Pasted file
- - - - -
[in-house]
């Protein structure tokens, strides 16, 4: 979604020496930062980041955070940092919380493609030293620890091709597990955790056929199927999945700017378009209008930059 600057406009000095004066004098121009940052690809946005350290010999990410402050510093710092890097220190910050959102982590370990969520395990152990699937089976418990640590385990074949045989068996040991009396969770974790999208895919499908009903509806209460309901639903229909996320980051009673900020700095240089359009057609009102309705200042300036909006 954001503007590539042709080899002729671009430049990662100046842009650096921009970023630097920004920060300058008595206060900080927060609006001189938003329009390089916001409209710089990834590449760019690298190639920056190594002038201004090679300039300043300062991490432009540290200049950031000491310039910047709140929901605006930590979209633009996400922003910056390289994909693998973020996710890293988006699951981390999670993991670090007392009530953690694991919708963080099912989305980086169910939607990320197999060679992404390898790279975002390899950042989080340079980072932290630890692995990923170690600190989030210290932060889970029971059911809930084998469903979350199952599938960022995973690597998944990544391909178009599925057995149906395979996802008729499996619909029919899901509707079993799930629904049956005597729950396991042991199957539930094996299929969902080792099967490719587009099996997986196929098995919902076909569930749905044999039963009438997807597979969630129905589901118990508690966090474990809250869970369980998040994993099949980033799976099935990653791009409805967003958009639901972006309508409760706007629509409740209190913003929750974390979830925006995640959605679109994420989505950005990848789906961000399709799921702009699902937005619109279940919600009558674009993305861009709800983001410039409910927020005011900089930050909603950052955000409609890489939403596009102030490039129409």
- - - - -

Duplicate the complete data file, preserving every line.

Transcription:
[in-house]
């Protein structure tokens, strides 16, 4: 979604020496930062980041955070940092919380493609030293620890091709597990955790056929199927999945700017378009209008930059 600057406009000095004066004098121009940052690809946005350290010999990410402050510093710092890097220190910050959102982590370990969520395990152990699937089976418990640590385990074949045989068996040991009396969770974790999208895919499908009903509806209460309901639903229909996320980051009673900020700095240089359009057609009102309705200042300036909006 954001503007590539042709080899002729671009430049990662100046842009650096921009970023630097920004920060300058008595206060900080927060609006001189938003329009390089916001409209710089990834590449760019690298190639920056190594002038201004090679300039300043300062991490432009540290200049950031000491310039910047709140929901605006930590979209633009996400922003910056390289994909693998973020996710890293988006699951981390999670993991670090007392009530953690694991919708963080099912989305980086169910939607990320197999060679992404390898790279975002390899950042989080340079980072932290630890692995990923170690600190989030210290932060889970029971059911809930084998469903979350199952599938960022995973690597998944990544391909178009599925057995149906395979996802008729499996619909029919899901509707079993799930629904049956005597729950396991042991199957539930094996299929969902080792099967490719587009099996997986196929098995919902076909569930749905044999039963009438997807597979969630129905589901118990508690966090474990809250869970369980998040994993099949980033799976099935990653791009409805967003958009639901972006309508409760706007629509409740209190913003929750974390979830925006995640959605679109994420989505950005990848789906961000399709799921702009699902937005619109279940919600009558674009993305861009709800983001410039409910927020005011900089930050909603950052955000409609890489939403596009102030490039129409």